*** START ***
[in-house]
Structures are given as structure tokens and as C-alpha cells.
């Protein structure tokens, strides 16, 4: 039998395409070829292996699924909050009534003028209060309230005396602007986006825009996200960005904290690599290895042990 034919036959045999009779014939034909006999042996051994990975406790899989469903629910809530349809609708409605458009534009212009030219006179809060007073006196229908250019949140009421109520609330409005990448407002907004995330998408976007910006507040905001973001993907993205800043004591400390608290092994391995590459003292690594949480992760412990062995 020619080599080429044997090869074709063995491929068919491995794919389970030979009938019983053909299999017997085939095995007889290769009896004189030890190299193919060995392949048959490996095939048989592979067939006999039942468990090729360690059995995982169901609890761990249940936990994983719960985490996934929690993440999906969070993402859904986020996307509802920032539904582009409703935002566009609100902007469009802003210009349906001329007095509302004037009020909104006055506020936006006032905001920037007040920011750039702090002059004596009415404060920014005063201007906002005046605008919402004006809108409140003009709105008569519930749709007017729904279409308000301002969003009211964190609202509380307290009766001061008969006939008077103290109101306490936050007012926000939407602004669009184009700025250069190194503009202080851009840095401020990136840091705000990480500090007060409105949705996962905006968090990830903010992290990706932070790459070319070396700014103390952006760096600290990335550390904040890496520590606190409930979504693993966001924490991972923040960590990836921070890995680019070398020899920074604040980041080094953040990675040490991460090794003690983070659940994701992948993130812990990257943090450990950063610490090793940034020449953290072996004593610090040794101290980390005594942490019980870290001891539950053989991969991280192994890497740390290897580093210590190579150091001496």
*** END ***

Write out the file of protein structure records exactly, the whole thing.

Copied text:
[in-house]
Structures are given as structure tokens and as C-alpha cells.
């Protein structure tokens, strides 16, 4: 039998395409070829292996699924909050009534003028209060309230005396602007986006825009996200960005904290690599290895042990 034919036959045999009779014939034909006999042996051994990975406790899989469903629910809530349809609708409605458009534009212009030219006179809060007073006196229908250019949140009421109520609330409005990448407002907004995330998408976007910006507040905001973001993907993205800043004591400390608290092994391995590459003292690594949480992760412990062995 020619080599080429044997090869074709063995491929068919491995794919389970030979009938019983053909299999017997085939095995007889290769009896004189030890190299193919060995392949048959490996095939048989592979067939006999039942468990090729360690059995995982169901609890761990249940936990994983719960985490996934929690993440999906969070993402859904986020996307509802920032539904582009409703935002566009609100902007469009802003210009349906001329007095509302004037009020909104006055506020936006006032905001920037007040920011750039702090002059004596009415404060920014005063201007906002005046605008919402004006809108409140003009709105008569519930749709007017729904279409308000301002969003009211964190609202509380307290009766001061008969006939008077103290109101306490936050007012926000939407602004669009184009700025250069190194503009202080851009840095401020990136840091705000990480500090007060409105949705996962905006968090990830903010992290990706932070790459070319070396700014103390952006760096600290990335550390904040890496520590606190409930979504693993966001924490991972923040960590990836921070890995680019070398020899920074604040980041080094953040990675040490991460090794003690983070659940994701992948993130812990990257943090450990950063610490090793940034020449953290072996004593610090040794101290980390005594942490019980870290001891539950053989991969991280192994890497740390290897580093210590190579150091001496």